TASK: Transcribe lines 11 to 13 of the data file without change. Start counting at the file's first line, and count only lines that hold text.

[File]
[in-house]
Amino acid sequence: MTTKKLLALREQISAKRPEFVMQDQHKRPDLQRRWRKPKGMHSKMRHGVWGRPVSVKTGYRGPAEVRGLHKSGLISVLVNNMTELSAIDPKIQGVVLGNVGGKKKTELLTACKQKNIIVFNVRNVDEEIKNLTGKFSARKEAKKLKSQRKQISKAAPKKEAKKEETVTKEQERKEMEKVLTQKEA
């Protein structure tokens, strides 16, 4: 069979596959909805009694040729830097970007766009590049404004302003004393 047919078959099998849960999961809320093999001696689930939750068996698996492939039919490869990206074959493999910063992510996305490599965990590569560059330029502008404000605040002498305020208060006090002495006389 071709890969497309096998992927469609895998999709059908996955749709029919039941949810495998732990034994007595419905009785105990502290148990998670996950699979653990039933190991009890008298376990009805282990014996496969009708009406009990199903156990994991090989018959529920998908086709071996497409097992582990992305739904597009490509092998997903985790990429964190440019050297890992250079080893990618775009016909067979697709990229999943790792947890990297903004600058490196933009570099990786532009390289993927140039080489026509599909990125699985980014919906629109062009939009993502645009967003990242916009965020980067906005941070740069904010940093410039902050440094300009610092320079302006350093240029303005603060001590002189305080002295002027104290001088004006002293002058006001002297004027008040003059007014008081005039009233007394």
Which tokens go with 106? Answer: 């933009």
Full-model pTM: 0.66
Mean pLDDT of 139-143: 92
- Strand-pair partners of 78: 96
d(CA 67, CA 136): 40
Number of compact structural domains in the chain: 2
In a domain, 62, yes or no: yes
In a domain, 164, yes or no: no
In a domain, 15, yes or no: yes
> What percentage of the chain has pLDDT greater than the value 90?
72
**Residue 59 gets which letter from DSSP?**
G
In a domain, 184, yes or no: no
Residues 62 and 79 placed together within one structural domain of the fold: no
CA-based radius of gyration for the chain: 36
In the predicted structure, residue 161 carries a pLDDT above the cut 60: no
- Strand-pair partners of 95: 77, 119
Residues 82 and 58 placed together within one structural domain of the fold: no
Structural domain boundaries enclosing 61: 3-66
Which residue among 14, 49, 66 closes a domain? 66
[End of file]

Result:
In a domain, 164, yes or no: no
In a domain, 15, yes or no: yes
> What percentage of the chain has pLDDT greater than the value 90?